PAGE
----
HISTORY

Yayasan Sultan Idris Shah Foundation for the Disabled, Perak (YSIS) is the brainchild of Tan Sri Dato Seri V Jeyaratnam, a prominent lawyer and philanthropist based in Ipoh. Together with two of his friends, Dato Chew Choong Seong and Dato Yap Lim Sen, YSIS was conceived to address the lack of rehabilitation centres in Ipoh. Tan Sri realized the pressing need for a holistic rehabilitation centre to provide effective rehabilitative therapy for adults and children with disabilities, hence YSIS would be the perfect platform to resolve the problem.

YSIS' operations commenced in a dilapidated makeshift building on an abandoned housing construction site office in Silibin with bare amenities in 1982. We started with just four people with disabilities.  Based on the recommendation of two Australian therapists who visited YSIS, the foundation eventually became the first to introduce community-based rehabilitation in Perak. In 1992, YSIS moved to an eight-acre piece of land in Bercham donated by the state government and is under the royal patronage of the late Sultan of Perak. The new rehabilitation centre is named Persatuan Pemulihan Sultan Azlan Shah.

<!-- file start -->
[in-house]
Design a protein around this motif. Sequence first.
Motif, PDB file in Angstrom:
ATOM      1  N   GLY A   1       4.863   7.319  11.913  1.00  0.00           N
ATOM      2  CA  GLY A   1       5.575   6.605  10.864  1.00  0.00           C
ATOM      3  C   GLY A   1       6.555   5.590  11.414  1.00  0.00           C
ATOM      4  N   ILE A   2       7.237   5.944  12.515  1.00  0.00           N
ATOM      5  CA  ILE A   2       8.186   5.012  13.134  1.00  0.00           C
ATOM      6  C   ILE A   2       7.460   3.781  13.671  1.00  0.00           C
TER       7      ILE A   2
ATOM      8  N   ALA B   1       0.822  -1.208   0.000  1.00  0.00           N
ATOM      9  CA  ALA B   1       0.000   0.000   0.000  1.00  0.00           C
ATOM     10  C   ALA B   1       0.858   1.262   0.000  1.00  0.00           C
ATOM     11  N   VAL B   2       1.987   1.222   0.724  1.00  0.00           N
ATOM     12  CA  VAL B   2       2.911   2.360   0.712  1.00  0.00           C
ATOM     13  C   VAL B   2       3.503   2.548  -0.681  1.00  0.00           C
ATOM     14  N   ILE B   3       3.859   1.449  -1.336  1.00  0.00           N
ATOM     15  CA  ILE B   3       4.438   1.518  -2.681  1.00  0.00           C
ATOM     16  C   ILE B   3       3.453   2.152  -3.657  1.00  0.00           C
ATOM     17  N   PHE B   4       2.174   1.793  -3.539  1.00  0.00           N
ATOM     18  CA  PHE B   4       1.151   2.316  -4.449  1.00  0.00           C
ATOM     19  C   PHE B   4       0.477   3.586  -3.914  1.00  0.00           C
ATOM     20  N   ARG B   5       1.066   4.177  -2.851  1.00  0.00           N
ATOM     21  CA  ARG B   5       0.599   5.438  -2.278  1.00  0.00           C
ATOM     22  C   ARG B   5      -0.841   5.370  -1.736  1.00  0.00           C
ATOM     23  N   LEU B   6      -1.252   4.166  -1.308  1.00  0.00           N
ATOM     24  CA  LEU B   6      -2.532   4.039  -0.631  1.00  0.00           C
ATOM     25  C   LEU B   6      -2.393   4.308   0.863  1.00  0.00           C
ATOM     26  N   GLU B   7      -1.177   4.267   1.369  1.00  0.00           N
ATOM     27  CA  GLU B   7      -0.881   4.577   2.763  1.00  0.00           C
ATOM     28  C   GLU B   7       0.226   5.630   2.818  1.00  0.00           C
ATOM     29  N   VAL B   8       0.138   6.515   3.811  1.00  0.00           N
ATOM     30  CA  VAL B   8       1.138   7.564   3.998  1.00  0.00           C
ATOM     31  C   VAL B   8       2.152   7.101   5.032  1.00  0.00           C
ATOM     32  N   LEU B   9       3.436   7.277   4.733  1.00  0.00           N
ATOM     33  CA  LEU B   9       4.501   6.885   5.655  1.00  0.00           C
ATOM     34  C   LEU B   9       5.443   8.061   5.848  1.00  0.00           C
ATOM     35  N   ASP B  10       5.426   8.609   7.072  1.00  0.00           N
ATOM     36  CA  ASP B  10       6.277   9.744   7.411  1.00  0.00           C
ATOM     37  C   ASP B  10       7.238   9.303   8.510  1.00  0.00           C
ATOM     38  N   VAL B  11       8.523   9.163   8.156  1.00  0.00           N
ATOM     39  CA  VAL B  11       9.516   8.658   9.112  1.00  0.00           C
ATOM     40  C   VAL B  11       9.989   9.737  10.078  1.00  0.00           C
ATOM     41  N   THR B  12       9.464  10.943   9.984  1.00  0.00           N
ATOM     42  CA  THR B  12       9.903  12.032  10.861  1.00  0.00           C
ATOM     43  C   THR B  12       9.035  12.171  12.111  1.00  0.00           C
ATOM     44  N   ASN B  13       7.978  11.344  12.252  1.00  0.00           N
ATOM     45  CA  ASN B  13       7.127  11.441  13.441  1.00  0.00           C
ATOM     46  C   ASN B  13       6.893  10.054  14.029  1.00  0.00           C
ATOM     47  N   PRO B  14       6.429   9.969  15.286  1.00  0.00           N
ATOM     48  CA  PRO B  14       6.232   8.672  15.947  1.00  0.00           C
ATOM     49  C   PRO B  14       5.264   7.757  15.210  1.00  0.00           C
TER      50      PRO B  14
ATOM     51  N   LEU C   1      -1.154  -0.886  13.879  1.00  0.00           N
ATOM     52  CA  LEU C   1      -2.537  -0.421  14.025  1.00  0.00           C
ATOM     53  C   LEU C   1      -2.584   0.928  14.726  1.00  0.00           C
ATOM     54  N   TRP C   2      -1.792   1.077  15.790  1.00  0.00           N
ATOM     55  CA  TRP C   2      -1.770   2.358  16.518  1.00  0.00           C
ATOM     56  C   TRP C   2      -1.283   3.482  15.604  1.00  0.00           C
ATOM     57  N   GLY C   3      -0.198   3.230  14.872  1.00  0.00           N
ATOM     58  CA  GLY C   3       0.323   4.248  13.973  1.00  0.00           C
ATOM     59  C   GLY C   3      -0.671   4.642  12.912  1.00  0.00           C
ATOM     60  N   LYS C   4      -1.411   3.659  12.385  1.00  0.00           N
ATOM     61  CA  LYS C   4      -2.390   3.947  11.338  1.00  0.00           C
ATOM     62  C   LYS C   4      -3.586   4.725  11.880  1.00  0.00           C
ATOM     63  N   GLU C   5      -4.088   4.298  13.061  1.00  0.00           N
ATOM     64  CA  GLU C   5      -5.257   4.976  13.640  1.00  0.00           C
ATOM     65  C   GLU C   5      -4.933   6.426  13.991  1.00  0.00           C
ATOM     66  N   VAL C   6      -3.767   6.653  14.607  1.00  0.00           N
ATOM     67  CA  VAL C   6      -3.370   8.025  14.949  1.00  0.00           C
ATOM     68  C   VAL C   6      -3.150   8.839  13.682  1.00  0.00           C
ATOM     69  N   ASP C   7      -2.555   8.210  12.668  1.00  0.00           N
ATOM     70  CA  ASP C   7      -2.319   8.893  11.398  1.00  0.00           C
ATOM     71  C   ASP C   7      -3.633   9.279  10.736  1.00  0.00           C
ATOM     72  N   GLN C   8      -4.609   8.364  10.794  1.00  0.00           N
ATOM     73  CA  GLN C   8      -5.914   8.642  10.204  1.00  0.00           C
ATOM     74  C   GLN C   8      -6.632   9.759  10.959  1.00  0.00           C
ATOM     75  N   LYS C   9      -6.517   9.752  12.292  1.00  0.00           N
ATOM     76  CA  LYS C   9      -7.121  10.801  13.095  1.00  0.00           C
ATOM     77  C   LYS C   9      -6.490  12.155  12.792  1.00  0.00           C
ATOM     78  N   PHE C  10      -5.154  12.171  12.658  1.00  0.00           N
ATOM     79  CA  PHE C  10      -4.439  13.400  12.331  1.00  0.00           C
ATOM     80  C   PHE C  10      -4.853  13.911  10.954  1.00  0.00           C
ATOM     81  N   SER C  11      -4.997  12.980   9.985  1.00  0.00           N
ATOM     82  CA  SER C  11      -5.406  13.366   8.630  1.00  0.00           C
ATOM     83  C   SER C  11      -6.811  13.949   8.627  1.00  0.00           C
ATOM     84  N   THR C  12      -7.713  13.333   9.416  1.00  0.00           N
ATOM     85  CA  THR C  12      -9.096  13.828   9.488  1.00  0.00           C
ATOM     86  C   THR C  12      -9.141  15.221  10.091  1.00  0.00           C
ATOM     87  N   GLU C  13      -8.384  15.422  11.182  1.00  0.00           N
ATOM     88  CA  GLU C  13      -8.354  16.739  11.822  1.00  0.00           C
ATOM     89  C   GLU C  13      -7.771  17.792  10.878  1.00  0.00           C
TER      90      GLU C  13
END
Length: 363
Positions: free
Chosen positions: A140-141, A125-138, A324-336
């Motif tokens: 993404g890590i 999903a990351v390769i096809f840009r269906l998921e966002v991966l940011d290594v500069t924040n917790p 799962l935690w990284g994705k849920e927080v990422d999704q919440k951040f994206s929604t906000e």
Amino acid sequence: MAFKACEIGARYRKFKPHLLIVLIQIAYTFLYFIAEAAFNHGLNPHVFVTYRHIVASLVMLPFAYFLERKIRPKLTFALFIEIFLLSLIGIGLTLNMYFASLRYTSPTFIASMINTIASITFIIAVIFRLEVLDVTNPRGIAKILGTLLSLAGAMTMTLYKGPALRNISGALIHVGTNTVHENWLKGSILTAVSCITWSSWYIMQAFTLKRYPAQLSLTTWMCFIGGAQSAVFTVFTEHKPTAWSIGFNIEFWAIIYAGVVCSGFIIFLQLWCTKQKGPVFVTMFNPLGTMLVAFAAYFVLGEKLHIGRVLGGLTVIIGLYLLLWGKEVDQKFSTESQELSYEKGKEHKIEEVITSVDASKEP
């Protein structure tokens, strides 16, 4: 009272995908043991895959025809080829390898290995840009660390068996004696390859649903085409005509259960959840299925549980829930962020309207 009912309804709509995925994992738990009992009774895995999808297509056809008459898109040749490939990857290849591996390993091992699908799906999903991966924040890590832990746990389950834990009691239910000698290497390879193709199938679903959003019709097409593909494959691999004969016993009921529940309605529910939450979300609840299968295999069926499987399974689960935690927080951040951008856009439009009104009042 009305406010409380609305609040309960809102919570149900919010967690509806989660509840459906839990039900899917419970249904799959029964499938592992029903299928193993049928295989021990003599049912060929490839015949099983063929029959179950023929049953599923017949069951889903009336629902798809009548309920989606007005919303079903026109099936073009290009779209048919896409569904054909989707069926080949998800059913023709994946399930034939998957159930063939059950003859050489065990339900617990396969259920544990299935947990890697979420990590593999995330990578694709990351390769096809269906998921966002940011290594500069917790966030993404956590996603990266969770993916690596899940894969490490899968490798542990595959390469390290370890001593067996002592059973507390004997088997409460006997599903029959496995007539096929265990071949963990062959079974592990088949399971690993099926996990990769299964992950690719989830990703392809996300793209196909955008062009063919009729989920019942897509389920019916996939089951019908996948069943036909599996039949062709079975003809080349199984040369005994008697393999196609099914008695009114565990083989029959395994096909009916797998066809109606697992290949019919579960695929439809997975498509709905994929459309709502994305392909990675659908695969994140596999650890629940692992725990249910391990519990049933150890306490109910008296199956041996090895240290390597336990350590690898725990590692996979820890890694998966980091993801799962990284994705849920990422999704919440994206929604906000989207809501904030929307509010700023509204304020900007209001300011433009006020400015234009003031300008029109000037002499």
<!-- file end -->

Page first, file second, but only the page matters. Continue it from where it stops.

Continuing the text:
It has been generally recognised that Institutional Rehabilitation can only account for 10-15% of rehabilitation needs of a person with disabilities. The rest of the rehabilitation work comprising between 85-90% has to be the responsibility of the Community as advocated by the World Health Organization (WHO) that 'Community Based Rehabilitation (CBR) is a strategy for enhancing the quality of life of people with disabilities'. This requires a holistic establishment of a networking system of getting the community involved with various support from families, caregivers, hospitals, government departments, doctors and the private sectors rendering assistance.

YSIS has taken the lead to be the first non-governmental organisation to pioneer, practice and continuously develop the CBR concept. Since then, we have been advocating the CBR approach as the most cost- effective method of bridging the gap in rehabilitation needs, which would include the readjustment process of a modified lifestyle, within a disability.

The Foundation's emphasis on such outreach programmes has led to the establishment of community based rehabilitation centres withing the state of Perak, especially to enable the poor within the rural community with easy access to rehabilitation services, without having to travel to Ipoh, which can be a burden to the families and cumbersome to the person or child with disability.